“America knows war. They are war masters.”
“You can’t even call this a war.”
That first quote is from this documentary. The second is from The Wire (and if you didn’t automatically recognize it, then you need to go watch The Wire pronto). Both sum up Dirty Wars, which tackles the unnerving underground spread of the “War on Terror.”
Documentaries are usually ahead of the curve when it comes to talking about relevant social issues. However, since the film’s premiere at Sundance, the cultural conversation about drone strikes and targeted killings has caught up with it. Watch and be horrified as the Pentagon declares that America can wage war wherever and on whomever it pleases, and that the War on Terror may go on for as long as twenty more years. Surely, it will go just as well as the wars on crime and drugs!
The doc follows journalist Jeremy Scahill as he recollects how he became embroiled in reporting on the world of covert operations. A chance tip led him to an Afghan village where a US night raid had gone wrong, resulting in the deaths of many civilians, including several pregnant women. From there, he unraveled a thread that dangled from a sinister tapestry of shadow conflicts in Yemen and Somalia.
Scahill goes on two journeys in the film. He speaks to officials, most of whom speak anonymously or are retired, who have worked in covert ops. But more importantly, he meets with the friends and families of the casualties in this war – parents who have lost children, bereaved spouses, mourning siblings. Terrorism and hatred of America are beasts that are only engorged the more they are matched with brutality. “They” don’t hate us for our freedom, they hate us because we bomb them. And we bomb them because they hate us.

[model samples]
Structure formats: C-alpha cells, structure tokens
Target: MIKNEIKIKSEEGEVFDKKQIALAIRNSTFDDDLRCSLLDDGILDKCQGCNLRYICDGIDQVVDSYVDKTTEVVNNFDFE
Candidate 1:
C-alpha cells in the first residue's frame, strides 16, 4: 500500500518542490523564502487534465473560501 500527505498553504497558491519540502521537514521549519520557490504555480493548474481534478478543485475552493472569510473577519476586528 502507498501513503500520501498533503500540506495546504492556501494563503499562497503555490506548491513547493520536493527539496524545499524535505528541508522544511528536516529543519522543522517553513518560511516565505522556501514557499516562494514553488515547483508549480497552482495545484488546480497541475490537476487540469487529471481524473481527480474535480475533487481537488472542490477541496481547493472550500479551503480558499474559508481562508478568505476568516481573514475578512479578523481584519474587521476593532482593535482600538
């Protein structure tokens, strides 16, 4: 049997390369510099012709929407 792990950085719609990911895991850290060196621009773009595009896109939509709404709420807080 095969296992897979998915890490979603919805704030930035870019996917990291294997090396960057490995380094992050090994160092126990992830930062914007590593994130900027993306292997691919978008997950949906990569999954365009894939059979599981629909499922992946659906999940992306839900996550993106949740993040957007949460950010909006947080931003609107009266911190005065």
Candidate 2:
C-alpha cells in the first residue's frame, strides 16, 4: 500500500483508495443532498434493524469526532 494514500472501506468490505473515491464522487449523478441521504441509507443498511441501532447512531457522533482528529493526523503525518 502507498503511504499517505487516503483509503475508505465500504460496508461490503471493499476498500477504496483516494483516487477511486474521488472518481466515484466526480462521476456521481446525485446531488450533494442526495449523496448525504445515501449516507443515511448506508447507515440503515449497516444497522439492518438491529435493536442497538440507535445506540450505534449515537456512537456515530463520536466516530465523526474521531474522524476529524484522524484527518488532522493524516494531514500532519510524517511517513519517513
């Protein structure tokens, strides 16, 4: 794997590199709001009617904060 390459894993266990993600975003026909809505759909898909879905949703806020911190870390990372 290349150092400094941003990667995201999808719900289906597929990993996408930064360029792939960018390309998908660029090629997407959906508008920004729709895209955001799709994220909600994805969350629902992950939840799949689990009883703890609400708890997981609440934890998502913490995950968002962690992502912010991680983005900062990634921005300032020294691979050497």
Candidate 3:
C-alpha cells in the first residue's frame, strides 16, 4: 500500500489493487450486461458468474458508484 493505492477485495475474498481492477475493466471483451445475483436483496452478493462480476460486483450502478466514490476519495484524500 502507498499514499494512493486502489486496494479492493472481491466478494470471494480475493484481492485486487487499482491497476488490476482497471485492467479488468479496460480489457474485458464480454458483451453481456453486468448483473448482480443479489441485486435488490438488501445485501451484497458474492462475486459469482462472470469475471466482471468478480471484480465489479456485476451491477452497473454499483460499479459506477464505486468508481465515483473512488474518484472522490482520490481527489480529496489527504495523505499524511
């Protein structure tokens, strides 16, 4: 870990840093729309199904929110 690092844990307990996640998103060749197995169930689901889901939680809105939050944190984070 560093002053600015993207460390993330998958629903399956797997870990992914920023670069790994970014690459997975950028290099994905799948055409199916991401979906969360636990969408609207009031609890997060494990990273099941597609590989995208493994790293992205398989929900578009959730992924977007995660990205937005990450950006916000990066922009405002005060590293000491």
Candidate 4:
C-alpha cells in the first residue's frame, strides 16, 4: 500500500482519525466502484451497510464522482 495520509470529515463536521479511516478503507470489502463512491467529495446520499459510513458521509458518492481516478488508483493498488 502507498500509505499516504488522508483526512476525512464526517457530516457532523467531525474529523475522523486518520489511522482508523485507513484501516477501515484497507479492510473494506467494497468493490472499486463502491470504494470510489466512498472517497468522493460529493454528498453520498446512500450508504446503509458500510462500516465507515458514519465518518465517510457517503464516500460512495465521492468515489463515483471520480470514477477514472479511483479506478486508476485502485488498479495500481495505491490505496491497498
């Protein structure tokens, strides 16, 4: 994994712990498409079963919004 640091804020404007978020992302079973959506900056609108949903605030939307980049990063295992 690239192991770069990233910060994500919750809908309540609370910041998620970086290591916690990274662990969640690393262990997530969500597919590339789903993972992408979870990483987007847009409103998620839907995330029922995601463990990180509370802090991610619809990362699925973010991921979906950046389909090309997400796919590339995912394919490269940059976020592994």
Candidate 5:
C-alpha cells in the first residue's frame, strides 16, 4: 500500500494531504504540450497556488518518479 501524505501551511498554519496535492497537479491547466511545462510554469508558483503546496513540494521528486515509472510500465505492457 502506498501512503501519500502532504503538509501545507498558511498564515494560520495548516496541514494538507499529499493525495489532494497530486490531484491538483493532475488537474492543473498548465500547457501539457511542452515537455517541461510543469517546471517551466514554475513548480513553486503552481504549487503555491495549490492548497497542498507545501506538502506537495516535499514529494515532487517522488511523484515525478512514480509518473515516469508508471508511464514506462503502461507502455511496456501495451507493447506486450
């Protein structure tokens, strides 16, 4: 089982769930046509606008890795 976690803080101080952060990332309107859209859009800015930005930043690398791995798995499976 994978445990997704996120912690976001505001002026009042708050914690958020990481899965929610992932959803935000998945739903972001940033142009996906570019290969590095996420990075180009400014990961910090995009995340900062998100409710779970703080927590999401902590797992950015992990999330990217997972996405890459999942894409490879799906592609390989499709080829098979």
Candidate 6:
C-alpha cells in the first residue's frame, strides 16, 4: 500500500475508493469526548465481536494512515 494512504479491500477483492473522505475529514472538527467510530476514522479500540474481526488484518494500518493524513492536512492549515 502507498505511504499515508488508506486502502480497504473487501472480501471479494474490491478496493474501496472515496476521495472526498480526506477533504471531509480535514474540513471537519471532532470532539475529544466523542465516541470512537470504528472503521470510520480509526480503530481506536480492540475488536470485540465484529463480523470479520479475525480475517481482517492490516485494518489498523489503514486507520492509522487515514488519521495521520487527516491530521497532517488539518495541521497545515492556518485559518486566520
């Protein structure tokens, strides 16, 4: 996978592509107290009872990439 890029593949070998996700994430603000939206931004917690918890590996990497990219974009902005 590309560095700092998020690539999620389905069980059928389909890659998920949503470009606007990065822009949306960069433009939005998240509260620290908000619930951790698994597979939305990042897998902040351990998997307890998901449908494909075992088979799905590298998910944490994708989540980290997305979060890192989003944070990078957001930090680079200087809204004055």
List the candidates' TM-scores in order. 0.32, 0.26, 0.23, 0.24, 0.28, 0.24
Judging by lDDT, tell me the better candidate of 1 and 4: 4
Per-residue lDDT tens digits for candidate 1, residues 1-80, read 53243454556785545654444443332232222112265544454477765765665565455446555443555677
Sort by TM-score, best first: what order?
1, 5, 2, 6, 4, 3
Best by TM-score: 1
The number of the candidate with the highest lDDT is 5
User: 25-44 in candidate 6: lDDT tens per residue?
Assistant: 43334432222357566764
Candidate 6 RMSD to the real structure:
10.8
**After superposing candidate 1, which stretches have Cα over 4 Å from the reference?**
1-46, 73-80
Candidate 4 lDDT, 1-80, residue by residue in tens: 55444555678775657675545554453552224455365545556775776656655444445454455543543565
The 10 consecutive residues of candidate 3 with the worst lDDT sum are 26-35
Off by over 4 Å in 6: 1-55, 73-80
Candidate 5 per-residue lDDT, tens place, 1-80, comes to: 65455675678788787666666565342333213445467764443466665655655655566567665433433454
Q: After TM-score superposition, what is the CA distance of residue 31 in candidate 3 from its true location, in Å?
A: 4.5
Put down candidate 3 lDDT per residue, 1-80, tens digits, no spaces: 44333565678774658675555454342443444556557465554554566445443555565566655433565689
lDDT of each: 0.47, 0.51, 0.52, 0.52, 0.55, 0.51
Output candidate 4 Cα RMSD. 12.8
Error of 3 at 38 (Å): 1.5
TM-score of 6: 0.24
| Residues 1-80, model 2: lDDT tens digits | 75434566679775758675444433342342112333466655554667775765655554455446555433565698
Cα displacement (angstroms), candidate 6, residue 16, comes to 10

The bitter cycle is illustrated in the case of Abdulrahman al-Awlaki, son of radical cleric Anwar al-Awlaki, both of whom were American citizens killed by drones. Abdulrahman was bombed just a few weeks after his father. He had no connections to terrorism, but he was considered a threat. This is the world we live in now, and these are the measures we go to so that we can feel safe.
As emotionally arresting and ideologically fiery as the doc is, it would be so much better if it let its main subject get out of the way. Scahill isn’t just the audience’s guide and viewpoint character – he’s front and center in the narrative. The film presents him as a he-man writer, dashingly going into danger and intrigue. There’s a thick layer of artifice coated over what we see. Some of it is necessary, since there’s a lot of reconstruction entailed in giving a full picture of what Scahill has experienced. But filming an interview with a source as if it’s a Jerry Bruckheimer production, with a very active camera and over-the-top music, is taking things a step too far.
I am all in favor for nonfiction movies being stylistically adventurous. The form is held back by filmmakers too beholden to the typical documentary hallmarks – the talking head interviews, the simple graphs and charts, the Ken Burns-effect photographs. But there’s a happy medium between being prosaic and having so much flair that it distracts from the themes and message.
It might not be as much of an issue if Scahill as a character was really important to the topics the movie tackles, but he isn’t. The audience doesn’t need him to tell them how shocked he was by the things he uncovered. How he felt is not only irrelevant, but more than likely redundant. It’s upsetting to find out about secret kill lists? That’s hopefully a given. The smarter move would have been to focus more on the victims. One of the best scenes in the film is a conversation with Nasser al-Aulaqi, the father of Anwar al-Awlaki and grandfather of Abdulrahman al-Awlaki. His grief is more resonant than Scahill’s patriotic disillusionment.
Dirty Wars is challenging in a way few films are. Being American and not speaking up makes one, even in a small way, complicit in the deaths of innocent people. Scahill is dragging that uncomfortable truth into our faces, and how we deal with it will shape the way the “War on Terror” moves forward. If only Scahill himself were left out of the picture, Dirty Wars would be truly great.